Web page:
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Health & Balance

Job Rights for the Mentally Ill

Employers beware. All illnesses must be treated equally.
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Armed with such advice and a letter from her psychiatrist, Baxter went to the company's human resources department and explained her situation. Without divulging Baxter's problem to her boss, a human resources manager was able to transfer her temporarily into a less taxing position.

Baxter handled her situation well, says Patricia Owens, a former associate commissioner of the Social Security disability program.

But the ADA rules are complex, and anyone who contemplates disclosing a disability should first become very familiar with its provisions. (Boston University's Center for Psychiatric Rehabilitation, at www.bu.edu/sarpsych/jobschool/, has information on how to disclose a psychiatric disability to an employer.)

Baxter had an advantage: she already knew she suffered from depression. Owens says many employees do not recognize the signs of mental illness in themselves. These people are in danger of losing their jobs because they don't understand why they're not functioning as well as they should.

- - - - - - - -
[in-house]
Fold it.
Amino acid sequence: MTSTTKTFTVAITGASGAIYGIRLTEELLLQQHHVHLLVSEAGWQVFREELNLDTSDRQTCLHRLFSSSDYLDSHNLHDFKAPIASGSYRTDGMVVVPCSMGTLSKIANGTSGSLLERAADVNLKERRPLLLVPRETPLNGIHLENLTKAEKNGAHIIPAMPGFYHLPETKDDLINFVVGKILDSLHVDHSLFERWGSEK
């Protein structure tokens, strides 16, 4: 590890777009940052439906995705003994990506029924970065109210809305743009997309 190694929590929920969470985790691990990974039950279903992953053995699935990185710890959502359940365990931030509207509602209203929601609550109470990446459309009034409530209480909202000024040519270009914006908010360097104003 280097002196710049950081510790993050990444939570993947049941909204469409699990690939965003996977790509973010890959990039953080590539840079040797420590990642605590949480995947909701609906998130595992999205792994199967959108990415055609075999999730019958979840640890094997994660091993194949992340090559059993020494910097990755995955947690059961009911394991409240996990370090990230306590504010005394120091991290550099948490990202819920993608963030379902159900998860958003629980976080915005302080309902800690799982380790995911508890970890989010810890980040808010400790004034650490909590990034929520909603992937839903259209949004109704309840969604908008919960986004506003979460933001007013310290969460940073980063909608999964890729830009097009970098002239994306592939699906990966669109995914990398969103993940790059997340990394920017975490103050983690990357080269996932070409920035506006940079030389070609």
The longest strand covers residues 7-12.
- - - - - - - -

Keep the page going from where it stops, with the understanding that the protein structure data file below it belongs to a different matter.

Where to Find Help

If you think you may have symptoms of a mental illness, talk to your doctor. Many hospitals and clinics offer screenings for mental illness free of charge. To find a clinic nearby, call 1-800-573-4433 or visit www.depression-screening.org.

Employees should also realize that their physician can help, not only with treatment, but by contacting an employer if necessary. But Owens cautions that many doctors still fail to recognize mental illness, especially depression, and often don't understand its consequences in the workplace.

Mentally ill employees in most large companies can draw support from employment assistance programs. Counselors for these programs are usually better equipped than human resources personnel to provide confidential information and local contacts for mental illness, says Kelly Collins, executive director of Advocate Employee Assistance Program, Inc., in Gaithersburg, Md.

"People need to know that depression is very treatable; it needn't cost a lot of money or take a lot of time," she says. "Unfortunately, the workplace is not the best place to seek support in terms of your colleagues because they may not be familiar with what you're going through and they may feel uncomfortable about it. You're more likely to get support through depression support groups, or through your church or synagogue."

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